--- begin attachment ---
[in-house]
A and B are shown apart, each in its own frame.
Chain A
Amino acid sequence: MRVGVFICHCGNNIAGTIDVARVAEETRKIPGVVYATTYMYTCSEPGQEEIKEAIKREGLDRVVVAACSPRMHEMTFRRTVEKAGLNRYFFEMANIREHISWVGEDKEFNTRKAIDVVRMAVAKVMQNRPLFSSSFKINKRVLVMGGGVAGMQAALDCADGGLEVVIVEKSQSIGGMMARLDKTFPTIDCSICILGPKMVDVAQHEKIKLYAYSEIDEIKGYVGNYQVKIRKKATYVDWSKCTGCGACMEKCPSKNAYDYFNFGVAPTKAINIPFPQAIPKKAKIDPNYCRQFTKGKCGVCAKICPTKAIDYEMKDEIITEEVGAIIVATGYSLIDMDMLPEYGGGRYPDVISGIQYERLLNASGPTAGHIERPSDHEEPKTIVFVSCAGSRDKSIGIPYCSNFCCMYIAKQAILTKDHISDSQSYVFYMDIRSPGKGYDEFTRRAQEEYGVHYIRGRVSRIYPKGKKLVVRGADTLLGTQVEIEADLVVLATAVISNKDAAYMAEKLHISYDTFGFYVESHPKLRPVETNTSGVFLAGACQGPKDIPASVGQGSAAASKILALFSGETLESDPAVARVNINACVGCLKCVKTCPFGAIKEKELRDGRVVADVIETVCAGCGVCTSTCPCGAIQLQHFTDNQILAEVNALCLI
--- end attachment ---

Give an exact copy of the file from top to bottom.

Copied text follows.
[in-house]
A and B are shown apart, each in its own frame.
Chain A
Amino acid sequence: MRVGVFICHCGNNIAGTIDVARVAEETRKIPGVVYATTYMYTCSEPGQEEIKEAIKREGLDRVVVAACSPRMHEMTFRRTVEKAGLNRYFFEMANIREHISWVGEDKEFNTRKAIDVVRMAVAKVMQNRPLFSSSFKINKRVLVMGGGVAGMQAALDCADGGLEVVIVEKSQSIGGMMARLDKTFPTIDCSICILGPKMVDVAQHEKIKLYAYSEIDEIKGYVGNYQVKIRKKATYVDWSKCTGCGACMEKCPSKNAYDYFNFGVAPTKAINIPFPQAIPKKAKIDPNYCRQFTKGKCGVCAKICPTKAIDYEMKDEIITEEVGAIIVATGYSLIDMDMLPEYGGGRYPDVISGIQYERLLNASGPTAGHIERPSDHEEPKTIVFVSCAGSRDKSIGIPYCSNFCCMYIAKQAILTKDHISDSQSYVFYMDIRSPGKGYDEFTRRAQEEYGVHYIRGRVSRIYPKGKKLVVRGADTLLGTQVEIEADLVVLATAVISNKDAAYMAEKLHISYDTFGFYVESHPKLRPVETNTSGVFLAGACQGPKDIPASVGQGSAAASKILALFSGETLESDPAVARVNINACVGCLKCVKTCPFGAIKEKELRDGRVVADVIETVCAGCGVCTSTCPCGAIQLQHFTDNQILAEVNALCLI